Pete Rose doubled down on efforts to regain eligibility for entry in the Pro Baseball Hall of Fame last week when he petitioned Major League Baseball for reinstatement into the league.
Citing the MLB’s response to the Houston Astros’ sophisticated sign-stealing operation, attorneys for Rose argued that his lifetime ban for gambling is “vastly disproportionate,” to the league’s sanctions for players who took part in the 2017 scheme. Rose, the league’s all-time career leader in hits with 4,256, accepted an indefinite ban in 1989 following allegations that he wagered on baseball games, including Cincinnati Reds contests, while serving as manager of the Reds.
Rose’s attempts were met with criticism from Adi Wyner, director of the Undergraduate Program in Statistics at the University of Pennsylvania and faculty lead of the Wharton Sports Analytics and Business Initiative. Wyner indicated that Rose’s transgressions were considerably more egregious than the misdeeds of the participants in the Astros’ scandal, which has rocked Major League Baseball in recent weeks.
“Stealing signs with technology is illegal, but betting on games when you’re the manager — that’s about as bad as it comes,” Wyner told Sports Handle. “Everyone is playing as hard as they can, even in the technology scandal both sides are doing the best they can to win. The whole problem with Rose is that he was undermining his team.”
Pete Rose is petitioning to be removed from MLB's ineligible list, arguing that his lifetime ban is "vastly disproportionate" compared to players who took steroids and those involved in the Astros sign-stealing scheme. https://t.co/aP7rEXLZsH
— SportsCenter (@SportsCenter) February 5, 2020
Wyner discussed a wide range of issues related to the increased role of analytics in sports betting during a 30-minute interview with Sports Handle this week. Wyner, co-host of Wharton Moneyball on Sirius XM radio, spent last week in Miami ahead of the Super Bowl.
Violating the integrity of the game
For a period of 15 years, Rose denied betting on baseball until he reversed course in 2004. Upon the release of his autobiography, “My Prison Without Bars,” Rose admitted for the first time that he bet on the Reds in his capacity as manager. Rose has vehemently denied that he ever bet against his team.
Critics of Rose have maintained that the former manager still manipulated the betting line on days when he did not place any bets. Consider Rose’s treatment of pitcher Bill Gullickson, a middling pitcher with an ERA north of 4.75 in 1987. During a two-month period over the 1987 season, Rose nearly bet on the Reds on a daily basis, according to website The Grueling Truth.com. Of the four games in which investigators found no evidence that Rose bet on the Reds, Gullickson started in all four.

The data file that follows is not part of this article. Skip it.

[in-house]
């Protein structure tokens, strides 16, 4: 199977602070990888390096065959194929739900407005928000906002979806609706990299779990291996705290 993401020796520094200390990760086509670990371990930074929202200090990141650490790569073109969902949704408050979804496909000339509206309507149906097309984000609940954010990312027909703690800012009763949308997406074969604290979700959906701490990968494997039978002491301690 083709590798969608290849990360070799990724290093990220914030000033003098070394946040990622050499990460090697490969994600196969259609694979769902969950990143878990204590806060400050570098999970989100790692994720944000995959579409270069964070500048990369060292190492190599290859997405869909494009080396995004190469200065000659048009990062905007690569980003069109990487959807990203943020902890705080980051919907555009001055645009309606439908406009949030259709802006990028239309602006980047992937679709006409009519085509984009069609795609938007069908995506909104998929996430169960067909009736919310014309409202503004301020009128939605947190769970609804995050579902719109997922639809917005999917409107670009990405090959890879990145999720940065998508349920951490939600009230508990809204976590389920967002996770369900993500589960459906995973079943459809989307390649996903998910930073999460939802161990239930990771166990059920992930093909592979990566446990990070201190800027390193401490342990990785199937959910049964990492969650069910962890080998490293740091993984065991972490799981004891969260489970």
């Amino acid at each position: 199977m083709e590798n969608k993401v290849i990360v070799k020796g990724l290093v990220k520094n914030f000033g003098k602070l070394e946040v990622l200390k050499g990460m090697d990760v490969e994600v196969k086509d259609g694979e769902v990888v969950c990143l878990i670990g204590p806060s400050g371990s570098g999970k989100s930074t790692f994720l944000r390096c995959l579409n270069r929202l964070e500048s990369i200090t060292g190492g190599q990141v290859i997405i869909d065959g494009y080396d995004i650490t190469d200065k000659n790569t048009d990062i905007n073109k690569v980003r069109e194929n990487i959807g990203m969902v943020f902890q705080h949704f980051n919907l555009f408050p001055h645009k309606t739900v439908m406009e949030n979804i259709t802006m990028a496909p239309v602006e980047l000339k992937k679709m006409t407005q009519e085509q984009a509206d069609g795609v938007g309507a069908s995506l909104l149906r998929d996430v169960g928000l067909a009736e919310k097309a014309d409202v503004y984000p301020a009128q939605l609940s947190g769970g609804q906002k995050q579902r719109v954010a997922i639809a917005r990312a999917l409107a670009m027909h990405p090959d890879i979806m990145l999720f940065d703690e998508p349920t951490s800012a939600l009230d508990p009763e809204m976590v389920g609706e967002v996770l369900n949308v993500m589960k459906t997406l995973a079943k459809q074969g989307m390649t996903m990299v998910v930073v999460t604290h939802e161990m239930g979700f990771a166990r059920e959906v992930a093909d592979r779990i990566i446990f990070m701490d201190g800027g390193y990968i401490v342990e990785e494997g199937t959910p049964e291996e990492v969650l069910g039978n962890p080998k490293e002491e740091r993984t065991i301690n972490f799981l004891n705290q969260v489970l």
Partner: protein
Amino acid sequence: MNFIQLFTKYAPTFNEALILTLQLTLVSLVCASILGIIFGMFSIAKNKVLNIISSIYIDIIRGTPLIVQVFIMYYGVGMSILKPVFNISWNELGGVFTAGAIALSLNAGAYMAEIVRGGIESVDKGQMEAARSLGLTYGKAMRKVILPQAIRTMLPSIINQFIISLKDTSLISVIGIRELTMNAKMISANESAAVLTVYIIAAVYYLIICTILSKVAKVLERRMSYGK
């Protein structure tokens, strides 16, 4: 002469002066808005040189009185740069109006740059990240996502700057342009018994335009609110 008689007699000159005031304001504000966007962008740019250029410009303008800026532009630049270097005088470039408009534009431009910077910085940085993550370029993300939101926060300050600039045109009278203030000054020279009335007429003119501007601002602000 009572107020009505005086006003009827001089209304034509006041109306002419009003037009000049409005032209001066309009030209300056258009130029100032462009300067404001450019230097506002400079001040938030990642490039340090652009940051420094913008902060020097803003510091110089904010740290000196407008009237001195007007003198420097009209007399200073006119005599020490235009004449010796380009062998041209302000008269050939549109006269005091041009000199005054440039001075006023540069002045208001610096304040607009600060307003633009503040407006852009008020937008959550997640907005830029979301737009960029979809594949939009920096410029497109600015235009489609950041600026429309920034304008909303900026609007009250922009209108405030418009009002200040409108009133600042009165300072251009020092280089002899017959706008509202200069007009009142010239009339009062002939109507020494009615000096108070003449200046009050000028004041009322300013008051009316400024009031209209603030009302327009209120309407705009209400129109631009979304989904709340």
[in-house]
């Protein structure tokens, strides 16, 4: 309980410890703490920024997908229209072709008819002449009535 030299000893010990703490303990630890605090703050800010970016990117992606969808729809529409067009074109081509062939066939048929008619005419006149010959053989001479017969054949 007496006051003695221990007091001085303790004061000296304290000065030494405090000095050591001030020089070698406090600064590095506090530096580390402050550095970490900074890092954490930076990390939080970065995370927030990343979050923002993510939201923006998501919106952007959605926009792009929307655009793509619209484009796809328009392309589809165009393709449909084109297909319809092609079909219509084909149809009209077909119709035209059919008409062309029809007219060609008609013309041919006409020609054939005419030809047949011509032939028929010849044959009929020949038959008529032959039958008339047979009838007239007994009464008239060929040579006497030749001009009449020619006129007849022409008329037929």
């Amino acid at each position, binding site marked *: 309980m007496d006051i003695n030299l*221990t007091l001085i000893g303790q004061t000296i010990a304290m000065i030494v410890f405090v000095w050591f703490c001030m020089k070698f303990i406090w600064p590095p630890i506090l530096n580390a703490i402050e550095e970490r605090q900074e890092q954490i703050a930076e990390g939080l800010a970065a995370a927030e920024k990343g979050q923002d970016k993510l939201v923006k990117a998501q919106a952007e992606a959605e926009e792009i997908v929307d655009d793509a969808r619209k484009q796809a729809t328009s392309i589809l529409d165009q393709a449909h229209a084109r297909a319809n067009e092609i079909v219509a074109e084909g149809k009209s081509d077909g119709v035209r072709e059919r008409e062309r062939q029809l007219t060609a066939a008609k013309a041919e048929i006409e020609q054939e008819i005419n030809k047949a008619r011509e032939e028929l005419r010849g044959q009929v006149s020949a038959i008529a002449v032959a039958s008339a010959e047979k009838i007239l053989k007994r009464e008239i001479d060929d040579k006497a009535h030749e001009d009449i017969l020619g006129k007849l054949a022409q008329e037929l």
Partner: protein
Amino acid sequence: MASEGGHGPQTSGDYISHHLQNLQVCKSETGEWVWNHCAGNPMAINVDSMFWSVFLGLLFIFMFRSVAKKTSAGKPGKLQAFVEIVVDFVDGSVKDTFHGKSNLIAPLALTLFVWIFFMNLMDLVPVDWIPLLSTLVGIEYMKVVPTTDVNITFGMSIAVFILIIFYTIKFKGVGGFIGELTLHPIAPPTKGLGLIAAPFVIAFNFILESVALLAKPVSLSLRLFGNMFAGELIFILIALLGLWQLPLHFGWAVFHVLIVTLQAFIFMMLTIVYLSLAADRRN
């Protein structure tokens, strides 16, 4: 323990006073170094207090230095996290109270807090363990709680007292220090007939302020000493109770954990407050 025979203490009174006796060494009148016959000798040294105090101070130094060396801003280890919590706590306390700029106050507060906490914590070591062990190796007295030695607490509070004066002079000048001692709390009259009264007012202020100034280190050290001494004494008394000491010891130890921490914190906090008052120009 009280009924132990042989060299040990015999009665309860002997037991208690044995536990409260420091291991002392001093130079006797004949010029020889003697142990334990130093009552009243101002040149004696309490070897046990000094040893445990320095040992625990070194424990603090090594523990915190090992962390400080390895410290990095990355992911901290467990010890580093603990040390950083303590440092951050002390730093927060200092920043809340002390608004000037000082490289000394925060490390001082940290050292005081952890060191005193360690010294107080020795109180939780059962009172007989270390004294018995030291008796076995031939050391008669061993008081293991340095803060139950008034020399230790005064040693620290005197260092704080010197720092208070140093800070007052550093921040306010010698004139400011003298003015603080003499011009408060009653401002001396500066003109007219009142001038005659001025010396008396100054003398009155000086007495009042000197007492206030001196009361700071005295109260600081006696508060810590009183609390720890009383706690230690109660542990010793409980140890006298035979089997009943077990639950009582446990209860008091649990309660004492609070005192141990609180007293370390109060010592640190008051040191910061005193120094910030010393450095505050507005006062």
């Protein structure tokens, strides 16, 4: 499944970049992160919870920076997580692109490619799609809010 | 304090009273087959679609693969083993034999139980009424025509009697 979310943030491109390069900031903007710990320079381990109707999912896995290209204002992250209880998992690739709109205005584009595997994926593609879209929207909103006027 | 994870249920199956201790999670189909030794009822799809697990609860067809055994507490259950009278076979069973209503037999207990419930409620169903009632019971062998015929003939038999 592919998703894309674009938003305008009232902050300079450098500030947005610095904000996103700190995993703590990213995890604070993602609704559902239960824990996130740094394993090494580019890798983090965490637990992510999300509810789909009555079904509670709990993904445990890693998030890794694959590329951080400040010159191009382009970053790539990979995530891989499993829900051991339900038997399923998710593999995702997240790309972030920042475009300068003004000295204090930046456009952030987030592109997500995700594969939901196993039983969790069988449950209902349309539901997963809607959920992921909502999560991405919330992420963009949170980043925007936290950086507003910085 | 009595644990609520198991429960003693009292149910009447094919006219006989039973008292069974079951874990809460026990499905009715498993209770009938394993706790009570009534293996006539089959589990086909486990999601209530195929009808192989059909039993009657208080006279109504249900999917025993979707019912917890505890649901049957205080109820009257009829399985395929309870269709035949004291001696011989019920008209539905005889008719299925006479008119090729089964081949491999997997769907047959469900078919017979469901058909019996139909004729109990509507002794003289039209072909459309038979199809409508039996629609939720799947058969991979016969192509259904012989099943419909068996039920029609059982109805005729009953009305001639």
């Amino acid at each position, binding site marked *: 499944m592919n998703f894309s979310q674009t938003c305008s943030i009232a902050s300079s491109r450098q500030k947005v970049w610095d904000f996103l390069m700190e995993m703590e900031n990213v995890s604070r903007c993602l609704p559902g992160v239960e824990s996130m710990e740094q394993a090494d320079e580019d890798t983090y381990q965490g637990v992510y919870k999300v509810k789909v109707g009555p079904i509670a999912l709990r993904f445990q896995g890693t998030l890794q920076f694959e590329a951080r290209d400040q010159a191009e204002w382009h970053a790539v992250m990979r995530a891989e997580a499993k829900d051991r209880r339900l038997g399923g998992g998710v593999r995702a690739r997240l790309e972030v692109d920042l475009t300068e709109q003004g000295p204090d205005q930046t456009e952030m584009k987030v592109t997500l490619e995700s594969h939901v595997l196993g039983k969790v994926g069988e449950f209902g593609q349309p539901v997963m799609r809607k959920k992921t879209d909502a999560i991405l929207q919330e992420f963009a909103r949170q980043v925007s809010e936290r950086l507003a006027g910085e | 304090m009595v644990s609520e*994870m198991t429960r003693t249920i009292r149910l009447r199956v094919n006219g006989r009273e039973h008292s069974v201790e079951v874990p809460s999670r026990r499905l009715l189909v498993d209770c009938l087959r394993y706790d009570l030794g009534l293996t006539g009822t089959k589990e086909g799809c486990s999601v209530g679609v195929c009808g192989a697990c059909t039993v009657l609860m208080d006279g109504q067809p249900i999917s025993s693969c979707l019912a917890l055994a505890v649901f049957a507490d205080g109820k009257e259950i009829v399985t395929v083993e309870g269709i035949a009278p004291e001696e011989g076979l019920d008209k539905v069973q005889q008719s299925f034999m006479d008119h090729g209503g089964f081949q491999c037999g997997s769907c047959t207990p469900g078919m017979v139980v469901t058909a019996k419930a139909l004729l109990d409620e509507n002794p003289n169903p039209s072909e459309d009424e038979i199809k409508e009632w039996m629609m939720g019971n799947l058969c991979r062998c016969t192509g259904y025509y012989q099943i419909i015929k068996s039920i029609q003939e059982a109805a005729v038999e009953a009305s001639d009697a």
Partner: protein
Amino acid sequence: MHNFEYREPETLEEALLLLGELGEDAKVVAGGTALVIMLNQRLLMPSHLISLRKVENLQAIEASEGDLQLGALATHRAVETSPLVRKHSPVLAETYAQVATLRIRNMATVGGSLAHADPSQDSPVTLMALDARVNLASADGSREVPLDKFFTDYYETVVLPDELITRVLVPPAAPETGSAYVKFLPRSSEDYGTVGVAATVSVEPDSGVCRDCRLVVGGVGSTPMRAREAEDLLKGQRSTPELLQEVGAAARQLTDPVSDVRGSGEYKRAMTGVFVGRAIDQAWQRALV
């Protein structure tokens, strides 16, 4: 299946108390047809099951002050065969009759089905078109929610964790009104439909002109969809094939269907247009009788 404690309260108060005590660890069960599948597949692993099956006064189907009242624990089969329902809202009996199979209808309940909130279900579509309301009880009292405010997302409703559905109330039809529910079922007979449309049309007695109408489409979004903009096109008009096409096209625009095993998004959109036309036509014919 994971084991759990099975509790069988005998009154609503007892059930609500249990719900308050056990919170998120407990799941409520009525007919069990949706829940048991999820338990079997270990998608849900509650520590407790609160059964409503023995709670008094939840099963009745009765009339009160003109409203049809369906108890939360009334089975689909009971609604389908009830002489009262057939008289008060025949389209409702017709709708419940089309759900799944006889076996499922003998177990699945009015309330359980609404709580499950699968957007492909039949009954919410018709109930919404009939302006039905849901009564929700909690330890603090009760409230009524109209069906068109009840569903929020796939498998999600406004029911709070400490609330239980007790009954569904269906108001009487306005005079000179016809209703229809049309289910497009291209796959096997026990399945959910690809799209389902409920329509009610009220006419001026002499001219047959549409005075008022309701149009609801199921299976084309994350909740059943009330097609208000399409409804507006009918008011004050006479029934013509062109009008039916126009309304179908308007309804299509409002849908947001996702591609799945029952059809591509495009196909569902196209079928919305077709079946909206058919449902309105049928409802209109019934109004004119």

During those starts, the Reds lost all four contests by a combined margin of 23 runs. In all four, Rose went to Bill Scherrer, a struggling reliever whose ERA remained over 10.00 for the majority of the first half. The insertion of Scherrer enabled Rose to keep his bullpen fresh with the Reds’ top relievers when he resumed betting.
“He says his penalty… is far more severe than any of the penalties that Major League Baseball has handed down to any of the players in the steroids era, and certainly in the Houston Astros sign stealing scandal.”@DVNJr weighs in on Pete Rose’s latest attempt to get reinstated pic.twitter.com/zxk4G4dbdI
— Outside The Lines (@OTLonESPN) February 5, 2020
Nevertheless, Rose’s attorneys claim that his punishment does not fit the crime based on the league’s treatment of the Astros and others implicated in a variety of PED scandals. When asked last month if betting on baseball should be viewed as a greater transgression than stealing signs electronically, Rose told the Associated Press that at least his activities never affected the “outcome of the game.”
“There cannot be one set of rules for Mr. Rose and another for everyone else,” Rose’s attorneys wrote in a 20-page petition, obtained by ESPN.com.
Rose’s possible reinstatement into Major League Baseball has been a popular topic since Commissioner Rob Manfred issued a series of stiff penalties against the Astros last month. Even President Trump has weighed in.